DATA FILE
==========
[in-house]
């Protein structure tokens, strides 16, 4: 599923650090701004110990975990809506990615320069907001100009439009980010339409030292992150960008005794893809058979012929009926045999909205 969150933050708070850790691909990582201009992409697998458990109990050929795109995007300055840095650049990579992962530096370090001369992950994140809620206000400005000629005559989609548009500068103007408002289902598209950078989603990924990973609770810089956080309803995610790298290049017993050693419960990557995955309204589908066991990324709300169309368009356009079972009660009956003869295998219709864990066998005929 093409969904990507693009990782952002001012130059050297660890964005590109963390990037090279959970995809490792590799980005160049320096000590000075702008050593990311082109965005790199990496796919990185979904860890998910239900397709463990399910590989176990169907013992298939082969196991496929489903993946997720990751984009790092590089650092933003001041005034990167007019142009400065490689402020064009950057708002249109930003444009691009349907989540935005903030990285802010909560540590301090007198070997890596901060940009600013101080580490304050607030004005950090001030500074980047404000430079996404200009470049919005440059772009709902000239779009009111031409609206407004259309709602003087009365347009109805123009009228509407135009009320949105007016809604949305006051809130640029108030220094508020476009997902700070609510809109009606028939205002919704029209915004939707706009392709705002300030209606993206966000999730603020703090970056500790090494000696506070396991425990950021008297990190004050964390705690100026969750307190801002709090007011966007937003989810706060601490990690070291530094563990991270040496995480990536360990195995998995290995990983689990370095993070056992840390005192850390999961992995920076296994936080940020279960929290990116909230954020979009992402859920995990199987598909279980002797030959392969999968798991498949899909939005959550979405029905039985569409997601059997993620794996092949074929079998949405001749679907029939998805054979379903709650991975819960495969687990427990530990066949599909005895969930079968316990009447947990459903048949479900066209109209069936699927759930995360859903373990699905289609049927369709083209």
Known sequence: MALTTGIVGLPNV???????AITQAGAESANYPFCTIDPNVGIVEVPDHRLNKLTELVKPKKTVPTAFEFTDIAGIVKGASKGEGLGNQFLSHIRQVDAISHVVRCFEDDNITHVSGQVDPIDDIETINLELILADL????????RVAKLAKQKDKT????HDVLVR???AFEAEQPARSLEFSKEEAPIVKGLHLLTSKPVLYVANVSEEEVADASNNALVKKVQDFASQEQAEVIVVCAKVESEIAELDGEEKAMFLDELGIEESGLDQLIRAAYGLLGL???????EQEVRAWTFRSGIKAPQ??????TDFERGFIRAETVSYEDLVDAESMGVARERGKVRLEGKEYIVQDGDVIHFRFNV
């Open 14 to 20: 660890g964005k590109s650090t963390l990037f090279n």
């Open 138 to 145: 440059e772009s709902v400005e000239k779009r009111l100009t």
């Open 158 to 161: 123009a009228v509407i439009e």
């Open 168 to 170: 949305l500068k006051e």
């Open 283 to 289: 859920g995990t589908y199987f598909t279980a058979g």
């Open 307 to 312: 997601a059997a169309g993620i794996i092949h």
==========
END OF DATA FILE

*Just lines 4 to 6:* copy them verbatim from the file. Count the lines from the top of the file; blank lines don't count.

């Open 14 to 20: 660890g964005k590109s650090t963390l990037f090279n």
């Open 138 to 145: 440059e772009s709902v400005e000239k779009r009111l100009t």
């Open 158 to 161: 123009a009228v509407i439009e």